My first task was to set it up to shoot using zone focusing. The lens does not have anything on the exterior to help with this process but it can be done. In manual mode I set the camera to f/10 with a shutter speed of 1/500th of a second. I used Auto ISO with a max of 3200. To deal with the focus I used auto focus to focus on an object about 8 feet away. I then put the camera in manual focus and went on my photo walk.

One thing I have learned with my photography is to always be ready which means the camera is on and ready to go when I leave the car. As soon as I turned the corner to the walking mall I saw this couple. I am glad I was ready.

I love this picture. There is affection and undoubtedly discussion going on. I have other pics of them I will share at another time.

I basically walked the mall shooting as I went. I love pics like the one above. I shoot candids. I have the camera hanging from my neck, resting on my navel ready to shoot. I look like a run of the mill tourist. I do not look through the LCD and I don’t pose people. I want to capture photography on the street, as people are, without them knowing they are on camera. Let’s face it, when people know they are having their picture taken they don’t look natural so a candid, normal shot is not possible, at least in my mind. My finger is always on the shutter as I look for a pic to take.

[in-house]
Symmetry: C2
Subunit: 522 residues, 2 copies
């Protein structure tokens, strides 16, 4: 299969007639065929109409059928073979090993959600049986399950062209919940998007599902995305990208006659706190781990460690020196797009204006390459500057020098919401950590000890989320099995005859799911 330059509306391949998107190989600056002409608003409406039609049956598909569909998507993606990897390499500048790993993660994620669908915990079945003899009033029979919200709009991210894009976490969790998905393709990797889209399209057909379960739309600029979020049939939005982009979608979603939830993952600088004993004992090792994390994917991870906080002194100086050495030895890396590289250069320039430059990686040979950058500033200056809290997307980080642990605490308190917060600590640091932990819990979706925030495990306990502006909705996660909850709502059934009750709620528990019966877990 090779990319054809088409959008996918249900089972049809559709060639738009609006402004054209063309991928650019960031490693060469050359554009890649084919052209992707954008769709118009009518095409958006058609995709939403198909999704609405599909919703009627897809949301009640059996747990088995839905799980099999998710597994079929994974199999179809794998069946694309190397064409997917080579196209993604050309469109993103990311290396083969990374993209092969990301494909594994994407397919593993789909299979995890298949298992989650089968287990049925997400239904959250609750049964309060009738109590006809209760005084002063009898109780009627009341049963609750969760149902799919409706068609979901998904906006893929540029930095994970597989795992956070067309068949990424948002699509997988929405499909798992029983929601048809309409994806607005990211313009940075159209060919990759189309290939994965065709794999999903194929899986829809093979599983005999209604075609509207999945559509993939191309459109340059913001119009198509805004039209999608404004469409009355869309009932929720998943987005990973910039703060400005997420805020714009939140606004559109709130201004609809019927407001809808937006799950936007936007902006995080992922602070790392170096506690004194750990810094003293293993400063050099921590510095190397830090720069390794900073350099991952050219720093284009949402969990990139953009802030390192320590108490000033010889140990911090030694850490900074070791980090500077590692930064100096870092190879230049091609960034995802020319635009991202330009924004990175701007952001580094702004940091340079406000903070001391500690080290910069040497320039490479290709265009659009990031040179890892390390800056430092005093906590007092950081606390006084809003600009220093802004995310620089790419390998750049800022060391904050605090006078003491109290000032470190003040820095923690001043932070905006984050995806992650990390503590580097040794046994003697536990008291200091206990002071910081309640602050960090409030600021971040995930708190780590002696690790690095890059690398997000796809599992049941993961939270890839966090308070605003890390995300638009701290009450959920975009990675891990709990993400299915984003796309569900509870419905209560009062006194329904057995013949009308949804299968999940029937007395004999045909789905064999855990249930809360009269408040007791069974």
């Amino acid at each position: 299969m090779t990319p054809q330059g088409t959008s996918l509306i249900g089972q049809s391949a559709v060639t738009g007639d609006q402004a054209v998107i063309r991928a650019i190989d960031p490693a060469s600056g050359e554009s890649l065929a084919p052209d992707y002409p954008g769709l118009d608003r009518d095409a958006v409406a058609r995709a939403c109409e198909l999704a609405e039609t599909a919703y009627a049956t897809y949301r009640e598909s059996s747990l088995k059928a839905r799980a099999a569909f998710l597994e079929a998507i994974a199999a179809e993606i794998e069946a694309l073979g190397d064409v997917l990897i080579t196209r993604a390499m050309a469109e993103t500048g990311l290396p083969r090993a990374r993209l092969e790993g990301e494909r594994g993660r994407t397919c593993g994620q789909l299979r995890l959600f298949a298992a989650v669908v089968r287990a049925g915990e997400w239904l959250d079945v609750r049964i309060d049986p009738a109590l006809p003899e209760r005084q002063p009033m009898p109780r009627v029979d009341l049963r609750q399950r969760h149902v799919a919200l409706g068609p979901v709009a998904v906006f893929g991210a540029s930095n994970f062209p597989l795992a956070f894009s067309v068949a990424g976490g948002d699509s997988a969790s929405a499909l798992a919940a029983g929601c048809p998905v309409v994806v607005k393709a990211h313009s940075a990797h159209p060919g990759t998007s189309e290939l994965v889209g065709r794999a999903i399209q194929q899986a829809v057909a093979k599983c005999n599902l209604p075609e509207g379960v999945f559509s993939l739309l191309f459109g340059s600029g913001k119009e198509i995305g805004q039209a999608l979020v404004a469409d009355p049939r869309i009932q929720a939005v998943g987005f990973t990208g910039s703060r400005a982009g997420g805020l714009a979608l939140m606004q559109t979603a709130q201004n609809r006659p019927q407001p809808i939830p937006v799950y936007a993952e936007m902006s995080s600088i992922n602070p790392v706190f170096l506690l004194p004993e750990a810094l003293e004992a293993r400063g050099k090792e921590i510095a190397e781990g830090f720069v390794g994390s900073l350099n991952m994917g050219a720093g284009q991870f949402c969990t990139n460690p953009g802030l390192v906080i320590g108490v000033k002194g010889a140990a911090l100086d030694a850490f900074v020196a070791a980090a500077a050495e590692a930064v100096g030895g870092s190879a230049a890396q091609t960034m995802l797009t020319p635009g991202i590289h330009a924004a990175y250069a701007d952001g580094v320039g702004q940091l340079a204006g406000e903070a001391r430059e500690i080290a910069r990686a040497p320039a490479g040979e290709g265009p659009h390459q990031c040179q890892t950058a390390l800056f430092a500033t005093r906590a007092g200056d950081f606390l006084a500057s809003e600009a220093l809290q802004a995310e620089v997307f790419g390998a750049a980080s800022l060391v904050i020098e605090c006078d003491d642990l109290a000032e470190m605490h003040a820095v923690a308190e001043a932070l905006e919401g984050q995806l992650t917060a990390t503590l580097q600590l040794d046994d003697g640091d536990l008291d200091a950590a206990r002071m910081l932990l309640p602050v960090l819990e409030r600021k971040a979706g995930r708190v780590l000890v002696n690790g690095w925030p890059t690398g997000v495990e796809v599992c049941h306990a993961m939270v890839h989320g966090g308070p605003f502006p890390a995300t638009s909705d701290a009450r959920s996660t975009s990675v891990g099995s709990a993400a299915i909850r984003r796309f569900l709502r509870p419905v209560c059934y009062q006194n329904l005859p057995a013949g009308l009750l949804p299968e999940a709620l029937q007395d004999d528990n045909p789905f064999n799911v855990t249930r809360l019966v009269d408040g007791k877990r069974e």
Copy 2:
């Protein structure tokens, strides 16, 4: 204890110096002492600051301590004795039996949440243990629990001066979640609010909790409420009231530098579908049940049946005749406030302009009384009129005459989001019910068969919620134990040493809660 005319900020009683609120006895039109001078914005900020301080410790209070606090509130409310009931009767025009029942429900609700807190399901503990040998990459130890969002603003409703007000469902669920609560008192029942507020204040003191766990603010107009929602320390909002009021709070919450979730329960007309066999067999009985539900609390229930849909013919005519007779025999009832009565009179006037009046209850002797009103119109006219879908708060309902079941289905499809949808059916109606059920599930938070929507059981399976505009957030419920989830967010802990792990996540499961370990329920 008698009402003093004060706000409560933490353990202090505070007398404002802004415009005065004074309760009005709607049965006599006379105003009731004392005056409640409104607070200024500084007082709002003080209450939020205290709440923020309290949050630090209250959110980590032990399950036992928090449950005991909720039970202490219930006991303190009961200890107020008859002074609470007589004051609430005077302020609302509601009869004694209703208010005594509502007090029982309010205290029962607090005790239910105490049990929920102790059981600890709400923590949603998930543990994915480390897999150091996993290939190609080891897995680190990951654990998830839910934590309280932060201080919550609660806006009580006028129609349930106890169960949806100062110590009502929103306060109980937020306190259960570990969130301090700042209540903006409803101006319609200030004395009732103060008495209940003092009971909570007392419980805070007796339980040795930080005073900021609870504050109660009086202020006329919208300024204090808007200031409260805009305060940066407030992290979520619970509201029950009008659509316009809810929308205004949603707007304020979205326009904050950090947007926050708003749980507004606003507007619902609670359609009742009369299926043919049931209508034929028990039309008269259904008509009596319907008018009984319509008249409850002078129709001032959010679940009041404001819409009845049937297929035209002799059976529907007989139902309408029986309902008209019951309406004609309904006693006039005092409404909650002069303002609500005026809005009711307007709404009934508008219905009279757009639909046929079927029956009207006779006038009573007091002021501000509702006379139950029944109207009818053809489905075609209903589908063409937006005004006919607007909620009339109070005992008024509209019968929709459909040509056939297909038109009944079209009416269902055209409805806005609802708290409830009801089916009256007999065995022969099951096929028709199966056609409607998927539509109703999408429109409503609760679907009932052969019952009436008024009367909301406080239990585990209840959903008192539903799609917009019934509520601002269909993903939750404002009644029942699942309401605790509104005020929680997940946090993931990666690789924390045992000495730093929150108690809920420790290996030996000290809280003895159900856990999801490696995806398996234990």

When I got to the end of the mall I decided to use the camera in auto focus. I was curious to see how it would focus and if it would be as good as the M50. It did a great job- on par with the M50.

Here are my first thoughts on the Canon M6.

Pros:

Small, light and doesn’t stand out. Mine is black with black gaff tape over the Canon and EOS lettering.

Very easy to hold and use. Comfortable ergonomics.

It is fast and relatively quiet. More on this in the “Cons” area.

The picture quality is great and the CH mode works well. I always shoot in CH but only take 2-3 pics at a time, usually.

The RAW files convert to B&W nicely.

It cost me less than $500 without the lens which I thought was a good price.

Cons:

No “silent” setting. It doesn’t even have a silent scene mode like the M50. I want the ability to turn off the volume of the shutter so it can be completely silent. For me, this is important. Without that ability I am limited in what I can shoot.